The impact of user fees on health services utilization and infectious disease diagnoses in Neno District, Malawi: a longitudinal, quasi-experimental study

Father In Malawi Sees Firsthand The Success Of A Nutrition Program In Treating His Daughter 680X544

S. I. Watson†,E. B. Wroe E. L. Dunbar,J. Mukherjee, S. B. Squire, L. Nazimera, L. Dullie and R. J. Lilford

BMC Health Services Research Published: 20 October 2016
DOI: 10.1186/s12913-016-1856-x​

Abstract

Background

User fees have generally fallen out of favor across Africa, and they have been associated with reductions in access to healthcare. We examined the effects of the introduction and removal of user fees on outpatient attendances and new diagnoses of HIV, malaria, and tuberculosis in Neno District, Malawi where user fees were re-instated at three of 13 health centres in 2013 and subsequently removed at one of these in 2015.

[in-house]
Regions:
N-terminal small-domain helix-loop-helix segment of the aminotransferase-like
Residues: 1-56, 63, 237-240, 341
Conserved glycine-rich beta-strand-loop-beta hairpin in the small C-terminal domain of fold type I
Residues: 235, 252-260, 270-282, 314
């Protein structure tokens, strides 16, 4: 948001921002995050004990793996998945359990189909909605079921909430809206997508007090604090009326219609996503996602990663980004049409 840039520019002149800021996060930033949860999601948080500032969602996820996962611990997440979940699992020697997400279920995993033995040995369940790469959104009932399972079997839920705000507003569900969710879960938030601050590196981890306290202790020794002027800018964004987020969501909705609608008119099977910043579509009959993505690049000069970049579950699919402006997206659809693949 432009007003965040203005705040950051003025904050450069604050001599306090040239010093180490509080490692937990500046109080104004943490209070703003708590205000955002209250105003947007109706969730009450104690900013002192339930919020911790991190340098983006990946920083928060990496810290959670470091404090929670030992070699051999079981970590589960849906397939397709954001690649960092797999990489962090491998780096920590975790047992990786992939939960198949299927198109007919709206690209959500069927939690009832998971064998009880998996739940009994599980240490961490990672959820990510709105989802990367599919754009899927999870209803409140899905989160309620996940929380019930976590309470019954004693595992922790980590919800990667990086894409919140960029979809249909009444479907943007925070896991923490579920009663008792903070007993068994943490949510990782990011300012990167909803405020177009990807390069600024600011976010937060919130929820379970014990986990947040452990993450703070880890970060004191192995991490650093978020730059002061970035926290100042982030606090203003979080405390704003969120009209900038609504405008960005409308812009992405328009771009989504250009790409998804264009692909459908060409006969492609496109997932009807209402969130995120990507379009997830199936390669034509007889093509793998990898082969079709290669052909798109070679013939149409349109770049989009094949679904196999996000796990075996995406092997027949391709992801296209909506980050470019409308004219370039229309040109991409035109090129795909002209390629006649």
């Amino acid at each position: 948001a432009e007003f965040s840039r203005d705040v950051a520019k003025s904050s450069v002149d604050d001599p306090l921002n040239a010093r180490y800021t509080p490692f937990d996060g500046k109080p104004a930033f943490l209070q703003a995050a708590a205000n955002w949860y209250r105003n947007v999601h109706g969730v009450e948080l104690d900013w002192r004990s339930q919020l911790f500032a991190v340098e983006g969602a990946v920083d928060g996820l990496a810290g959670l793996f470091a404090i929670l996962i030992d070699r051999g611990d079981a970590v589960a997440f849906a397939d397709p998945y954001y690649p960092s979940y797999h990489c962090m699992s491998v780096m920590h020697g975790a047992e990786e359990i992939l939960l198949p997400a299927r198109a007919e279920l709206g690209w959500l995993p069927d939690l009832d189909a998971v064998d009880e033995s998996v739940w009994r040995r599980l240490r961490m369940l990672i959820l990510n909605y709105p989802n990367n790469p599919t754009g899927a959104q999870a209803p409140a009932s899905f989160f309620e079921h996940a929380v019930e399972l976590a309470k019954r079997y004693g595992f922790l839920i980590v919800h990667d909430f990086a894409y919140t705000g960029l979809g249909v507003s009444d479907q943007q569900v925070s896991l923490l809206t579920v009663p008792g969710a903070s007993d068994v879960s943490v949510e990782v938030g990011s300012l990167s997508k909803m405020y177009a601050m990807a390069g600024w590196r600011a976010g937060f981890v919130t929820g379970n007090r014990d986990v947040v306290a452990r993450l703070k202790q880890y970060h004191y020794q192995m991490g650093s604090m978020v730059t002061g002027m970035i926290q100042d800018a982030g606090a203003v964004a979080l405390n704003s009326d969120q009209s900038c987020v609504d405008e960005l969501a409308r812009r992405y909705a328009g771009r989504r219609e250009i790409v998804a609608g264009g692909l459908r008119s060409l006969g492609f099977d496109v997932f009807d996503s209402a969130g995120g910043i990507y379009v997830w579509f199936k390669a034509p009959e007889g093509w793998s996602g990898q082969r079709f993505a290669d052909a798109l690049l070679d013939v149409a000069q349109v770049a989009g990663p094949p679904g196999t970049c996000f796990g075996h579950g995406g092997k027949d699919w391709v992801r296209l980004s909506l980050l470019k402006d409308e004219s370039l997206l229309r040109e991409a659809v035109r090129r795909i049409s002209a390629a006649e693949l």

Methods

We conducted two analyses. Firstly, an unadjusted comparison of outpatient visits and new diagnoses over three periods between July 2012 and October 2015: during the period with no user fees, at the re-introduction of user fees at four centres, and after the removal of user fees at one centre. Secondly, we estimated a linear model of the effect of user fees on the outcome of interest that controlled for unobserved health centre effects, monthly effects, and a linear time trend.

Results

The introduction of user fees was associated with a change in total attendances of −68 % [95 % CI: −89 %, −12 %], similar reductions were observed for new malaria and HIV diagnoses. The removal of user fees was associated with an increase in total attendances of 352 % [213 %, 554 %] with similar increases for malaria diagnoses. The results were not sensitive to control group or model specification.

Conclusions

User fees for outpatient healthcare services present a barrier to patients accessing healthcare and reduce detection of serious infectious diseases.